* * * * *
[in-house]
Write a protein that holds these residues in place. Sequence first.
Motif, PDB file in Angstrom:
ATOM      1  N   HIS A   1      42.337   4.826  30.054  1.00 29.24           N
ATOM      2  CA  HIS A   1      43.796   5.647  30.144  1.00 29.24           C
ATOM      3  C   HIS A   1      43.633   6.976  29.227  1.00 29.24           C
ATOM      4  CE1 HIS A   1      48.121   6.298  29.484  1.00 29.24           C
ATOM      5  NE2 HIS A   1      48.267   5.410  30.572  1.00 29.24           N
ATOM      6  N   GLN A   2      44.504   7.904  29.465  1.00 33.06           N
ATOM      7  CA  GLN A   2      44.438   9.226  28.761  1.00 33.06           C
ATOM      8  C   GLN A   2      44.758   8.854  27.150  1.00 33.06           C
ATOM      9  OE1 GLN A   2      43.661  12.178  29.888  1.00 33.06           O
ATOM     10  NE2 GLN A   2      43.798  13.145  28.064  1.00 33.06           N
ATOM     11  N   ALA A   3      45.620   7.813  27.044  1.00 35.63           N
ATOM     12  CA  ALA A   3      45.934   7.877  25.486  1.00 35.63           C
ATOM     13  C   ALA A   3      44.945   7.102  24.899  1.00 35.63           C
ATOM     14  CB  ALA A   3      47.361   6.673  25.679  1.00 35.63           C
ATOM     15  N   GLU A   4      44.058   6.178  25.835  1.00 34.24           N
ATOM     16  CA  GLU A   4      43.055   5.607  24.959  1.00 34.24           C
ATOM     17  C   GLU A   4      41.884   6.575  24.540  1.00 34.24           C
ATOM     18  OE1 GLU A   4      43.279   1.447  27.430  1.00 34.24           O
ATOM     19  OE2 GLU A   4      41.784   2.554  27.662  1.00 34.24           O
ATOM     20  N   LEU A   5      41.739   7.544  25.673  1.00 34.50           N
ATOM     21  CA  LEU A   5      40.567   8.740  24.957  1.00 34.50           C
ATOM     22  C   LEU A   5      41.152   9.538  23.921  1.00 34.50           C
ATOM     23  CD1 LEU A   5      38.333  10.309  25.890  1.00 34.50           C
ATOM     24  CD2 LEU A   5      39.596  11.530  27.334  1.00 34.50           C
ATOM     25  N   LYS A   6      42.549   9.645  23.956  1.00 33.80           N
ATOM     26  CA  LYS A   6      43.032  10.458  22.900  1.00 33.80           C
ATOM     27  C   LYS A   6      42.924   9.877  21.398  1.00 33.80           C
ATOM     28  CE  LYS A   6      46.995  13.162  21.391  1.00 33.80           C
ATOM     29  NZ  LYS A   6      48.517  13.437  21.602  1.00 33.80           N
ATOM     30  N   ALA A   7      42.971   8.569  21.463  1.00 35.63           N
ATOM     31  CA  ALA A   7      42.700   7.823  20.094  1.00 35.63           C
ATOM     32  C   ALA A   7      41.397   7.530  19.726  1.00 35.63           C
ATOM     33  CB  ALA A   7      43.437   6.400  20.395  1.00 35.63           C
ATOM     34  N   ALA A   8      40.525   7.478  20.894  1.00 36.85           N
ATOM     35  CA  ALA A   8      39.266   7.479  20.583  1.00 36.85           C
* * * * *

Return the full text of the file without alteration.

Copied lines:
[in-house]
Write a protein that holds these residues in place. Sequence first.
Motif, PDB file in Angstrom:
ATOM      1  N   HIS A   1      42.337   4.826  30.054  1.00 29.24           N
ATOM      2  CA  HIS A   1      43.796   5.647  30.144  1.00 29.24           C
ATOM      3  C   HIS A   1      43.633   6.976  29.227  1.00 29.24           C
ATOM      4  CE1 HIS A   1      48.121   6.298  29.484  1.00 29.24           C
ATOM      5  NE2 HIS A   1      48.267   5.410  30.572  1.00 29.24           N
ATOM      6  N   GLN A   2      44.504   7.904  29.465  1.00 33.06           N
ATOM      7  CA  GLN A   2      44.438   9.226  28.761  1.00 33.06           C
ATOM      8  C   GLN A   2      44.758   8.854  27.150  1.00 33.06           C
ATOM      9  OE1 GLN A   2      43.661  12.178  29.888  1.00 33.06           O
ATOM     10  NE2 GLN A   2      43.798  13.145  28.064  1.00 33.06           N
ATOM     11  N   ALA A   3      45.620   7.813  27.044  1.00 35.63           N
ATOM     12  CA  ALA A   3      45.934   7.877  25.486  1.00 35.63           C
ATOM     13  C   ALA A   3      44.945   7.102  24.899  1.00 35.63           C
ATOM     14  CB  ALA A   3      47.361   6.673  25.679  1.00 35.63           C
ATOM     15  N   GLU A   4      44.058   6.178  25.835  1.00 34.24           N
ATOM     16  CA  GLU A   4      43.055   5.607  24.959  1.00 34.24           C
ATOM     17  C   GLU A   4      41.884   6.575  24.540  1.00 34.24           C
ATOM     18  OE1 GLU A   4      43.279   1.447  27.430  1.00 34.24           O
ATOM     19  OE2 GLU A   4      41.784   2.554  27.662  1.00 34.24           O
ATOM     20  N   LEU A   5      41.739   7.544  25.673  1.00 34.50           N
ATOM     21  CA  LEU A   5      40.567   8.740  24.957  1.00 34.50           C
ATOM     22  C   LEU A   5      41.152   9.538  23.921  1.00 34.50           C
ATOM     23  CD1 LEU A   5      38.333  10.309  25.890  1.00 34.50           C
ATOM     24  CD2 LEU A   5      39.596  11.530  27.334  1.00 34.50           C
ATOM     25  N   LYS A   6      42.549   9.645  23.956  1.00 33.80           N
ATOM     26  CA  LYS A   6      43.032  10.458  22.900  1.00 33.80           C
ATOM     27  C   LYS A   6      42.924   9.877  21.398  1.00 33.80           C
ATOM     28  CE  LYS A   6      46.995  13.162  21.391  1.00 33.80           C
ATOM     29  NZ  LYS A   6      48.517  13.437  21.602  1.00 33.80           N
ATOM     30  N   ALA A   7      42.971   8.569  21.463  1.00 35.63           N
ATOM     31  CA  ALA A   7      42.700   7.823  20.094  1.00 35.63           C
ATOM     32  C   ALA A   7      41.397   7.530  19.726  1.00 35.63           C
ATOM     33  CB  ALA A   7      43.437   6.400  20.395  1.00 35.63           C
ATOM     34  N   ALA A   8      40.525   7.478  20.894  1.00 36.85           N
ATOM     35  CA  ALA A   8      39.266   7.479  20.583  1.00 36.85           C